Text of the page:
Several ideas for 3D hand position tracking-please comment and answer questions

Hello,

I plan to build a sensing interface to track the position of one hand in a virtual cube with edges of 30 cm. The purpose is to control a musical setup hence precision and reactivity are seeked.

I have thought about four setups described below but I don't know which one to choose. Comments and also answers to the questions would be highly appreciated.

Setup #1

Tracking technique: two IR emitters on the palm of the hand and an array of IR receivers on the table. The vertical position would be found with the global strength of the received signal and the XY position would be found according to the receivers having the strongest signals.
Advantages:

  • should react very quickly
  • the presence of two emitters adds the possibility to track the orientation too
  • the installation of the emitter on the hand suppresses risks of interferences with the wrist in the detection

Drawbacks: must wear a glove connnected to the board
Questions: is there a risk of interferences with ambient light ? In this case could the replacement of IR with a specific color (blue, green) help ?

Setup #2

Tracking technique: array of IR Sharp optical triangulation sensors on the table. The sensors report the vertical position directly and the XY position can be calculated with the peaks in the sensed data.
Advantages:

  • should react quickly (at least with some models of Sharp sensors) but not as fast than with regular IR sensors
  • nothing has to be attached to the hand
  • the Sharp sensors are known to be immune against interferences of ambient light

Drawbacks: wrist will be sensed too hence the reported Y position might be wrong.
Questions: can the wrist become invisible by wearing black clothes ?

Setup #3

Tracking technique: four ultrasonic distance sensors are placed in the four corners of a 30 per 30 cm square on the table, directed to the center of the virtua square and upwards.
Advantages:

  • only four sensors needed
  • nothing has to be attached to the hand

Drawbacks:

  • wrist will be sensed for sure hence the reported Y position might be wrong.
  • the necessary synchronization of the four ultrasonic sensors will make the sensing period very long (around 40 ms) thus this setup won't be as reactive as #1, #2 and even #4

Questions:- isn't there any risk of serious non-linearities at the sides and close to the sensors even if they are oriented diagonally ?

  • is it dangerous for the ears to stay close (circa 50 cm) to the ultrasonic transceivers for long periods ?

Setup #4

Tracking technique: one ultrasonic emitter is set on the palm of the hand and four ultrasonic receivers are placed in the four corners of a 30 per 30 cm square on the table, directed vertically. The duration of the travel between the emitter and each receivers is used to calculate the XYZ position.
Advantages:

  • only four sensors needed
  • the installation of the emitter on the hand suppresses risks of interferences with the wrist in the detection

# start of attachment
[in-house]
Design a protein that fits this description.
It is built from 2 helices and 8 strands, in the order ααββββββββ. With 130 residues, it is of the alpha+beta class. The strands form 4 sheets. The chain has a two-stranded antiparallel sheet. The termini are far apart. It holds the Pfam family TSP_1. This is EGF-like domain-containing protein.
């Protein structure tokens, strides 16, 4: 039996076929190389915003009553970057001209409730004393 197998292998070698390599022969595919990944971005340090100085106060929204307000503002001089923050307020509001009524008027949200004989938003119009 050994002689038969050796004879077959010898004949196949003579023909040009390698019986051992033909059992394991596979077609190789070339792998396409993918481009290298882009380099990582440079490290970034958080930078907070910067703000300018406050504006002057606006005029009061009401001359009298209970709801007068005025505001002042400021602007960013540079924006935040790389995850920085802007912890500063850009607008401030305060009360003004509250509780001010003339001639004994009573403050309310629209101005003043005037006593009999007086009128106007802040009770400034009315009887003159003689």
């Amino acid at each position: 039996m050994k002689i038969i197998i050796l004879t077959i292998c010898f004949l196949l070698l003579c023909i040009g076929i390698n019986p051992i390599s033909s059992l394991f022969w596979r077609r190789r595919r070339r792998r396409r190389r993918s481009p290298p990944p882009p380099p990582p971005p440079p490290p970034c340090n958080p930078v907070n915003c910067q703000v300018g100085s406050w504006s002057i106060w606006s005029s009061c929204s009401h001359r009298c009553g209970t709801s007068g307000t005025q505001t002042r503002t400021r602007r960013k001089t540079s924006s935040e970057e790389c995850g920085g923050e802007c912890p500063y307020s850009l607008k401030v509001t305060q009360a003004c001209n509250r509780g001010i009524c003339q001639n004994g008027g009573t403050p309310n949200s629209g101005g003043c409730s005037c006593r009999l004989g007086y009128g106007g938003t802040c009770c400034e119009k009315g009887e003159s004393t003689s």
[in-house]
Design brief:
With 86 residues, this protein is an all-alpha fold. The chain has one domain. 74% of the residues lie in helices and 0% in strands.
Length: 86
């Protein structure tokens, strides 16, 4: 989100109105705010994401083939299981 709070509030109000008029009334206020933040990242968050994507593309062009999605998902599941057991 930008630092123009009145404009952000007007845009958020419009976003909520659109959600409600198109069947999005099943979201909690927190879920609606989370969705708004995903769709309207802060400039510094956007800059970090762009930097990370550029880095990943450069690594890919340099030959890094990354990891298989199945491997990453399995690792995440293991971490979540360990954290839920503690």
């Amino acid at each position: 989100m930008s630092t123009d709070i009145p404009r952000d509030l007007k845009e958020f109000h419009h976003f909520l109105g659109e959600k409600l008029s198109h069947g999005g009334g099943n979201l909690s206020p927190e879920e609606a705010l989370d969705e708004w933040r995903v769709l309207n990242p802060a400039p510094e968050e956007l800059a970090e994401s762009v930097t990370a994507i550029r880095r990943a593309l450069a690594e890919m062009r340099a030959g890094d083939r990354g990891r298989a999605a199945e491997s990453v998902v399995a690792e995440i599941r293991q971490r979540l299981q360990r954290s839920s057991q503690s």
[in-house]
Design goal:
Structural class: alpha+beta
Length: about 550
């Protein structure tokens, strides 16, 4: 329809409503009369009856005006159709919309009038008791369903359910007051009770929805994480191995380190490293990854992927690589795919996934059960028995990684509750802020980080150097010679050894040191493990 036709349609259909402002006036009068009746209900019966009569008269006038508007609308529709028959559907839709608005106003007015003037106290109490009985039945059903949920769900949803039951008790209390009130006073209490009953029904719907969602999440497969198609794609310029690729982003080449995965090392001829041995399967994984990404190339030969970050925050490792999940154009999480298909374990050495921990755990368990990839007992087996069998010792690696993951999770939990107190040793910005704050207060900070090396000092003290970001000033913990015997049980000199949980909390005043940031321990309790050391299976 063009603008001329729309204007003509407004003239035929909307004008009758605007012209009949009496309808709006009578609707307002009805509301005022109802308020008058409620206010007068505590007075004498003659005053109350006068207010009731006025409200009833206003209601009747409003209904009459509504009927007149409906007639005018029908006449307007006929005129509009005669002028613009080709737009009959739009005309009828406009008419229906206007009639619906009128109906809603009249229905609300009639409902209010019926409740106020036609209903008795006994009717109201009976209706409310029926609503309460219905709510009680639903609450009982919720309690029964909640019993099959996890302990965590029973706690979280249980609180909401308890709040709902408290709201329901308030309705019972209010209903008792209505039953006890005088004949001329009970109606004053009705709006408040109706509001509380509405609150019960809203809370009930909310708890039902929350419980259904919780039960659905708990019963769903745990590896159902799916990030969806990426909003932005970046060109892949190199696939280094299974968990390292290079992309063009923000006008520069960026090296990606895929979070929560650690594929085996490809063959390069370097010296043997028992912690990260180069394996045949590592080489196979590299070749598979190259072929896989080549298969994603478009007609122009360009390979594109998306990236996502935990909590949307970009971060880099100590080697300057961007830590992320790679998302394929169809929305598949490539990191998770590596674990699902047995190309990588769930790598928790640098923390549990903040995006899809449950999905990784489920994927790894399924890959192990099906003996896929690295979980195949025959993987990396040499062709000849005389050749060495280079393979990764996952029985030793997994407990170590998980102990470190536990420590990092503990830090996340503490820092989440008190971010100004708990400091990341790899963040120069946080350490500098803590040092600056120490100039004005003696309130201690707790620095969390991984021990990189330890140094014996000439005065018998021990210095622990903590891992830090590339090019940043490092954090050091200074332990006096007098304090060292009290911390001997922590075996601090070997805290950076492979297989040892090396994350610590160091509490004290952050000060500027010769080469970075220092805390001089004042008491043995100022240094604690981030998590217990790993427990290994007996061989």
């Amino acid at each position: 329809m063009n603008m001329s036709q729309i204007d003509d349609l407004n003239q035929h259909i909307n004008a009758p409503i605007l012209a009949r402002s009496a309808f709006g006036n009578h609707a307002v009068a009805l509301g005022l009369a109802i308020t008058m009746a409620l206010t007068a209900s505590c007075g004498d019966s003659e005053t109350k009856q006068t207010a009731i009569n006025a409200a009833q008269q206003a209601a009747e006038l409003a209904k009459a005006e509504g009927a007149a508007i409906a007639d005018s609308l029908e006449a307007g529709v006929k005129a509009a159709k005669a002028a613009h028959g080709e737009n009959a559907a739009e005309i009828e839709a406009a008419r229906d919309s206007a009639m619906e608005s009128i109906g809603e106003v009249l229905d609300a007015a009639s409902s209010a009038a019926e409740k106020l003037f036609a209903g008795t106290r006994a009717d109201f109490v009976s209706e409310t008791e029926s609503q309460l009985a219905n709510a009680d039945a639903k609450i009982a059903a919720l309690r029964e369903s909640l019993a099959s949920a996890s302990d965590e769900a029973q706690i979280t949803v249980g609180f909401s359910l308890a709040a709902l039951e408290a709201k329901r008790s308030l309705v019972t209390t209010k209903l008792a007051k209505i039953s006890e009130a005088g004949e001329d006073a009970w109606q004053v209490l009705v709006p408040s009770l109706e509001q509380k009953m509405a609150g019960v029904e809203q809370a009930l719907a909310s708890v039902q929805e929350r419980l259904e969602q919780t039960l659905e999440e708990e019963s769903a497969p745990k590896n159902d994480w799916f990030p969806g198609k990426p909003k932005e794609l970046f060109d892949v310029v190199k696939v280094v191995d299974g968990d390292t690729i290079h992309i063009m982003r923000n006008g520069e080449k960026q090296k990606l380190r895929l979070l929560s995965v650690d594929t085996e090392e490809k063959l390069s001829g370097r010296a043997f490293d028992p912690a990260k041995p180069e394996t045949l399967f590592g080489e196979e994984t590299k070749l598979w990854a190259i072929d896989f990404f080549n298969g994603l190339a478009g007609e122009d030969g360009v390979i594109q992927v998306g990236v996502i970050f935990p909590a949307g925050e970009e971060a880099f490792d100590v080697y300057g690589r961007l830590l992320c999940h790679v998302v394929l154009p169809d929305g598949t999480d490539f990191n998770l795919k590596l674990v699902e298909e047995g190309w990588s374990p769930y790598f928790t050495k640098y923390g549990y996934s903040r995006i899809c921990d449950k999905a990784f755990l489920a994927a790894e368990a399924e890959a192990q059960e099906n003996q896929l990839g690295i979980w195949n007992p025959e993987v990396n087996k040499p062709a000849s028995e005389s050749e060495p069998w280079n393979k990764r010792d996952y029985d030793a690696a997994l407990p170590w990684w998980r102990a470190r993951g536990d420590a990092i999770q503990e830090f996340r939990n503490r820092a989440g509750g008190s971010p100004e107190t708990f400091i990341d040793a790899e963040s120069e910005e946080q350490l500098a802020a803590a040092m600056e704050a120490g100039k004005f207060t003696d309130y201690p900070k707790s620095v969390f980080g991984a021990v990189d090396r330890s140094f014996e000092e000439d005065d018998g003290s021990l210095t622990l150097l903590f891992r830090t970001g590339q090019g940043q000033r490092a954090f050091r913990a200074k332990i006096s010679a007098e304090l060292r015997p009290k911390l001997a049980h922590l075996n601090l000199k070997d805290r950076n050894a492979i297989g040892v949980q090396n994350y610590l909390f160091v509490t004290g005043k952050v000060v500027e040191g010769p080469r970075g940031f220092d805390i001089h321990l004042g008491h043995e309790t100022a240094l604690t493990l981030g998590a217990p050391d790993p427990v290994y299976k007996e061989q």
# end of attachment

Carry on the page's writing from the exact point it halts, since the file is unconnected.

• the four ultrasonic receivers can receive simultaneously therefore the sensing period is much shorter than in setup #3

Drawbacks: must wear the emitter on the palm so it might be a bit problematic if the hand has to perform operations on other controllers during the concert.
Questions: is it dangerous for the ears to be at a distance of circa 50 cm to the ultrasonic emitter for long periods ?

Currently setups #1 and #4 appear to me as the best solutions at first sight. I know setup #2 has been used in an existing device so it's feasible.

Thank you for helping.

what about kinect?

Laser finger tracking. A pair of galvanometers scan the laser in a small circle. Light sensors detect the light bouncing off the fingertip. The galvanometers are adjusted if the little circle takes it off the fingertip.

http://www.k2.t.u-tokyo.ac.jp/members/alvaro/Publications/LaserTracking.pdf

See also: Finger tracking - Wikipedia

Isn't Kinect made for bigger distances (at least one meter) ? Also I can't find how often the data are updated. Do you have any idea ?

Ok now I have the information about Kinect: 30 fps framerate and 1.2 m minimal distance. So it is not appropriate for a tabletop sensing device.

1.2m minimal distance with unmodified optics. What prevents you from modifying the lens?

Err... ...nice idea for sure but how do you do it ? Curious to know even if it won't change the sampling rate anyhow.

Are you trying to track the hand, or the fingers? People working on Augmented Reality (AR) have made big strides in markerless tracking recently. It's something that calls for a decent spec PC though, not an Arduino.

Looking for low-tech brute force solutions, depending what environment you plan to work in, would any sort of ultrasonic reflection or light beam breaking be feasible?

Of all your ideas, setup #4 is likely to be the most practical - if you structure it somewhat akin to how the Mattel PowerGlove (Power Glove - Wikipedia) was built (three ultrasonic receiver elements in a vertical plane, and a single ultrasonic transmitter element on the hand). Note that on the PowerGlove, there were two transmitters on the hand (to detect yaw/pitch/roll of the hand in a limited amount); since you don't indicate the need for yaw/pitch/roll detection, a single element should suffice.